You've heard of the destruction that volcanoes cause, but have you heard how volcanoes can benefit us?
I spoke with Dr. Arianna Soldati, a volcanologist at North Carolina State University, to learn more about these monstrous formations.
First things first, volcanoes helped create the atmosphere we have today.
When Earth first developed, our atmosphere consisted of hydrogen, sulfide, methane and 10-200 times as much carbon dioxide as today’s atmosphere.
Volcanoes helped change that.
"When volcanoes reached the surface, they brought gases from inside the Earth and released them into the atmosphere, forming the more familiar atmosphere we have today," says Soldati. "However, they did not bring oxygen. That came later when life formed."
After eruptions, volcanoes provide many soil nutrients.
"Lava takes too long to break down, so it's the volcanic ash that provides nutrients to soil and plants," says Soldati.
Some minerals volcanic ash provides are magnesium, calcium, sodium, sulfur, copper, iron and zinc, which are essential for plant growth.
So, areas that have large amounts of volcanic soil are fertile. Over long periods, water and naturally occurring chemicals break down the minerals, and the nutrients absorb into the soil, which helps plants thrive.
Soldati also states that, "the composition of volcanic ash can change depending on where you live in the world, but the basic minerals are generally the same."
Volcanoes helped form many islands around the world. Underwater eruptions push material to the surface of the water, resulting in new islands.
"The volcano slowly builds its cone from eruption after eruption, which eventually grows big enough to peek through the ocean waters, creating a volcanic island," says Soldati.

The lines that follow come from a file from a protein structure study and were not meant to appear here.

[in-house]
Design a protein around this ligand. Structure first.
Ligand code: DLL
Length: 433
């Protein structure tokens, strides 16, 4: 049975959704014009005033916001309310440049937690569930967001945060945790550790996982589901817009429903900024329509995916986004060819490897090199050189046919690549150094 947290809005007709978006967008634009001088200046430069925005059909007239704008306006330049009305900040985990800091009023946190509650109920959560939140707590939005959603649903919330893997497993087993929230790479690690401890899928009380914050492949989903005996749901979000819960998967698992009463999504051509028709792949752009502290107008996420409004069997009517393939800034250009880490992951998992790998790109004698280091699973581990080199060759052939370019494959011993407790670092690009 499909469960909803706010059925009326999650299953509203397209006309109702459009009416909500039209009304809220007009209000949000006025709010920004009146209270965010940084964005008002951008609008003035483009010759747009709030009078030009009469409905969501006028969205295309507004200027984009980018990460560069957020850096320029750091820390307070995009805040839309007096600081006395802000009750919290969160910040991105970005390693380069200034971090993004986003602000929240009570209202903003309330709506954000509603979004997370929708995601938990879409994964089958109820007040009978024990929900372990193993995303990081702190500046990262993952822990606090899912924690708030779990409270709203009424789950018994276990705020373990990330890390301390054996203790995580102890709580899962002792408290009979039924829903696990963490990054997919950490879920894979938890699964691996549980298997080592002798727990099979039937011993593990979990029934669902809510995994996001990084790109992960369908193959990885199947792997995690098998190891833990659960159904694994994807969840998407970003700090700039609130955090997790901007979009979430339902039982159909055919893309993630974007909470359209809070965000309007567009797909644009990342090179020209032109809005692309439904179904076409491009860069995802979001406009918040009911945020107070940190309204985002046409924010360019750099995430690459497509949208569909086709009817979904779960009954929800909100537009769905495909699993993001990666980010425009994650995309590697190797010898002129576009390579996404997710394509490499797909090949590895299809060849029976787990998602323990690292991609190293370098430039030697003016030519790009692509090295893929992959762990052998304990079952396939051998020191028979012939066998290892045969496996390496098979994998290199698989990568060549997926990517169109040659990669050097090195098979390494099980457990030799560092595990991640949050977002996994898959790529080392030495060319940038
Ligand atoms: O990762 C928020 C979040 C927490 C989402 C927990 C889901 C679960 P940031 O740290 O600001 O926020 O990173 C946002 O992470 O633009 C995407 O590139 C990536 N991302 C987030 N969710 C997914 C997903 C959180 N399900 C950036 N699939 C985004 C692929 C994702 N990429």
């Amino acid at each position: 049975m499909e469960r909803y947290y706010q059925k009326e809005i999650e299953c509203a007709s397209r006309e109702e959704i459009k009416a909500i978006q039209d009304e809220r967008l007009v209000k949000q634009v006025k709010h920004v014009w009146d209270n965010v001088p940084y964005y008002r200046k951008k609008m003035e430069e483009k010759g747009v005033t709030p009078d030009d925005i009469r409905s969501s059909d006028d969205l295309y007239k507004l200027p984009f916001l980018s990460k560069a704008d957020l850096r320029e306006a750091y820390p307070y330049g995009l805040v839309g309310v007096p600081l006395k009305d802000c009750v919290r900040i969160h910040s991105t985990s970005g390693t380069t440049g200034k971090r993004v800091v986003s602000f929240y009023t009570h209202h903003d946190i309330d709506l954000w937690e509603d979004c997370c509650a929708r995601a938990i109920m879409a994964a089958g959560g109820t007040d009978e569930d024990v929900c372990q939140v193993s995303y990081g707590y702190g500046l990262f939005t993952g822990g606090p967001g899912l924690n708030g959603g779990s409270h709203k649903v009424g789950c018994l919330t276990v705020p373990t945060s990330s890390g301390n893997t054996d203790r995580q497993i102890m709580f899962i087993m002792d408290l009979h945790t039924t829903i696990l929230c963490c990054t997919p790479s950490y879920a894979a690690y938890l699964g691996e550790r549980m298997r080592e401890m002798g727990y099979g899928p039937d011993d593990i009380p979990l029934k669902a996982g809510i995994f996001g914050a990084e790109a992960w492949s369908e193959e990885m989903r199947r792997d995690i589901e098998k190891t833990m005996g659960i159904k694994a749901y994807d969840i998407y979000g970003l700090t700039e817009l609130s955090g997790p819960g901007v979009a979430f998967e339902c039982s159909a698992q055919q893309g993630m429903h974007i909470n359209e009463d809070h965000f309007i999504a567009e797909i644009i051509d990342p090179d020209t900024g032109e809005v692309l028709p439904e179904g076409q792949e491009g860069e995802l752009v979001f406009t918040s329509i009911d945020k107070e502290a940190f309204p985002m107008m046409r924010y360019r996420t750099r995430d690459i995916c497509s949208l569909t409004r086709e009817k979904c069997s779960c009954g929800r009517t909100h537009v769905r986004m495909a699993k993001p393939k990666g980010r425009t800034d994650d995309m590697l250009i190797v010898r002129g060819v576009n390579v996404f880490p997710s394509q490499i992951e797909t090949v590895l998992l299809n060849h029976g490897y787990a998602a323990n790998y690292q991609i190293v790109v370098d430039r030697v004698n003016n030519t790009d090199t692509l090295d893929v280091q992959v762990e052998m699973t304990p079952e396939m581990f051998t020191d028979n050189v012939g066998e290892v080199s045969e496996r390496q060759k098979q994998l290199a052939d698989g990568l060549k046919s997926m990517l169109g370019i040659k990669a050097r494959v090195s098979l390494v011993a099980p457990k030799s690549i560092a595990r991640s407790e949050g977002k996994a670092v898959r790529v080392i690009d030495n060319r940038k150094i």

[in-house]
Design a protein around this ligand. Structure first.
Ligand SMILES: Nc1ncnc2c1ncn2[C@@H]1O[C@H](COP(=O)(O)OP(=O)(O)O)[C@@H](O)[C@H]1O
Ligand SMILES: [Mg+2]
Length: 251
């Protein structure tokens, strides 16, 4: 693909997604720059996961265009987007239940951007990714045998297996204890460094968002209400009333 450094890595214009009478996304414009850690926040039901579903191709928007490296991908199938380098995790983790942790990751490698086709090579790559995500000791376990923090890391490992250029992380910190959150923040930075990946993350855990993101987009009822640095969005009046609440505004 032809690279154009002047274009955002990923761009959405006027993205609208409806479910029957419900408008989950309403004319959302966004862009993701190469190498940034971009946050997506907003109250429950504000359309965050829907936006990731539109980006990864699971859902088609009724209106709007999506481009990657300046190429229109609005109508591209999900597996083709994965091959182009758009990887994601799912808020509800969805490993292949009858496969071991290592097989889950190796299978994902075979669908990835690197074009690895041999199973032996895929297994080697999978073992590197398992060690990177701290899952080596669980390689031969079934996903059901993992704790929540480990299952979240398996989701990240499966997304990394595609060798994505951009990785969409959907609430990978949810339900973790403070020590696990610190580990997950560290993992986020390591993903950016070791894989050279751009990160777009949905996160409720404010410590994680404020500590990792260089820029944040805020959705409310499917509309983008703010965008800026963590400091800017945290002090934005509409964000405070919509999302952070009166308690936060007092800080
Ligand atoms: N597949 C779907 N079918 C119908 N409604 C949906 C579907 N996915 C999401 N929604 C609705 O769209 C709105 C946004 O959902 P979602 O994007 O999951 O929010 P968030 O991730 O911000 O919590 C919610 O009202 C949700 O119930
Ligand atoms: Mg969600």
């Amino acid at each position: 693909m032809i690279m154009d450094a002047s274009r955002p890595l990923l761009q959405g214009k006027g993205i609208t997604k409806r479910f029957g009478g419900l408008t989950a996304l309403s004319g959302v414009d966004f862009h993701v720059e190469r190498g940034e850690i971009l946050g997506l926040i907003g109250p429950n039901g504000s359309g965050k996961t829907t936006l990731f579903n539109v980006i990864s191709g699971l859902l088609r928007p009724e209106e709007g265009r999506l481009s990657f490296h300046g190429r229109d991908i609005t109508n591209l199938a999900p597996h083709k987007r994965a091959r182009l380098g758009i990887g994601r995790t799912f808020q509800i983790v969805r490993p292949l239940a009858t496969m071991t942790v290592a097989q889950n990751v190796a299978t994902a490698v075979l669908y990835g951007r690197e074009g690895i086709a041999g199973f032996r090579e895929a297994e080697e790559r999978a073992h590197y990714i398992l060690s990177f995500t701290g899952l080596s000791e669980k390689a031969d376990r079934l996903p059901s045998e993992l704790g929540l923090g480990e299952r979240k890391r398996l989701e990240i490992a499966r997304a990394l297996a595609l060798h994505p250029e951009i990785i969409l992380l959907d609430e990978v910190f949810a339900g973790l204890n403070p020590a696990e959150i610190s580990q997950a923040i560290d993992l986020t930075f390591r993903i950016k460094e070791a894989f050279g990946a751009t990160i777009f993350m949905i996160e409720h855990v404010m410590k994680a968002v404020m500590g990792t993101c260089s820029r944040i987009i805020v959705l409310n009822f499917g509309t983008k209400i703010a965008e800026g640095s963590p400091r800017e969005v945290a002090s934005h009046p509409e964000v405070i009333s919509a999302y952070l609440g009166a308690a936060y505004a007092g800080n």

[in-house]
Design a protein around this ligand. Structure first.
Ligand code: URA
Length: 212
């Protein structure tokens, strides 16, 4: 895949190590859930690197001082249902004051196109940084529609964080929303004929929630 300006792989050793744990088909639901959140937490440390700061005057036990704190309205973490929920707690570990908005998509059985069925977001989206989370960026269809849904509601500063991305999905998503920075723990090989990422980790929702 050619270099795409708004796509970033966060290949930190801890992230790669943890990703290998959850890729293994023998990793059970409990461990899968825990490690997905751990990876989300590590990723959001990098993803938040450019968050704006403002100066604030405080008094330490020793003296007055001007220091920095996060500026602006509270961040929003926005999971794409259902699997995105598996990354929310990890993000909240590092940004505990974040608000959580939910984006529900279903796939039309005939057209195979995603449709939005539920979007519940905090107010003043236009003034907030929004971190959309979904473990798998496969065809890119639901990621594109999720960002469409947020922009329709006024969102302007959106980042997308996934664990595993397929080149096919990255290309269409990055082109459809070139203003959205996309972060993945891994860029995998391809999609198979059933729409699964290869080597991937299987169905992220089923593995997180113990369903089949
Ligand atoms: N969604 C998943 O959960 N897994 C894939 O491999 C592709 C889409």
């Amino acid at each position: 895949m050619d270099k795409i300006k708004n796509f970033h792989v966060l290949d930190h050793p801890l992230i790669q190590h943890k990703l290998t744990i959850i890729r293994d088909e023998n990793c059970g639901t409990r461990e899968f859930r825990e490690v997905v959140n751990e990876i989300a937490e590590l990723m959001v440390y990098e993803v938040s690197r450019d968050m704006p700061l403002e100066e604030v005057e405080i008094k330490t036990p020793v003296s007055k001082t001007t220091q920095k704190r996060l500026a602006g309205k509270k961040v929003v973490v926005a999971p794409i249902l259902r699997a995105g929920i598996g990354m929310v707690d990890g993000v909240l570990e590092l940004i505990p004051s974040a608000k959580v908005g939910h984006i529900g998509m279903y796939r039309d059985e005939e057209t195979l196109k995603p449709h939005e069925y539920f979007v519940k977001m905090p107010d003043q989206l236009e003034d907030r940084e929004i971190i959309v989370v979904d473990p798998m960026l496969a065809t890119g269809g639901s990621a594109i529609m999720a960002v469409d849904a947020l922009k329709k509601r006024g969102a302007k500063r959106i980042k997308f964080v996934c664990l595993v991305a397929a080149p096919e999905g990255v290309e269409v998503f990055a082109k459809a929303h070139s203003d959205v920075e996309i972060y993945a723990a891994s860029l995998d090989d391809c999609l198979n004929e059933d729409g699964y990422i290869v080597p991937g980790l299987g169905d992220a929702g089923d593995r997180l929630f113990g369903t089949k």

This is the very process that helped create the Hawaiian chain.
It can take thousands to hundreds of thousands of years for an island to become habitable.
"It's also one of the most unstable environments in the world because of erosion from waves, wind and rainfall, but it can grow to be quite large. However, if enough erosion occurs, the island can disappear underwater, but if there is another eruption, it can reappear," says Soldati.
Volcanic minerals and stones help create things we use in everyday life. Pumice volcanic ash and perlite help create abrasives for soaps and household cleaners.
We also use materials from volcanoes to make cement, metal polishes, soil conditioner and insecticide carrier.
Volcanoes also contain precious metals and gems, including gold, silver, copper, opals, onyx and many others.
Volcanism, the eruption of molten rock from inside the Earth to the surface, helps create geothermal fields.
Soldati says, "magma forms in mantle and rises through the cracks and towards the surface. Where magma hasn’t quite made it towards the surface but is close enough, we can use that heat."
Geothermal fields form when water from the Earth’s surface seeps through faults and cracks within rock to reach the hot regions within Earth’s crust.
Geothermal fields can create hot springs, geysers and boiling mud pools, which we can use for geothermal energy. We place pipes into the Earth and use the steam that moves upwards through the pipes to turn turbines and generate electricity.
Volcanoes play an important role in cooling down the planet.
However, "it's only the very big eruptions that can make a difference. Smaller eruptions do little," says Soldati.
Volcanic ash and sulfur dioxide in the atmosphere help reflect the Sun’s rays back into space and reduce the heat absorbed by our atmosphere, resulting in a cooling effect on the planet.
It also depends on where the eruption takes place. Soldati states, "eruptions that happen near poles are not good at influencing climate, but eruptions near the equator have a bigger effect because the wind disperses the ash differently through the atmosphere."
Last on our list is volcanoes help scientists research the inside of the Earth.
"They bring to the surface pieces of the mantle. We can’t collect samples of mantle cause it’s too far to reach, but volcanoes bring xenoliths to the surface that help us research the mantle and let us know what it looks like," says Soldati.
And Dr. Soldati also gave us another insight: the mantle of the earth is green!
So the next time you think volcanoes are nothing but destruction, remember this list and all the good they can do!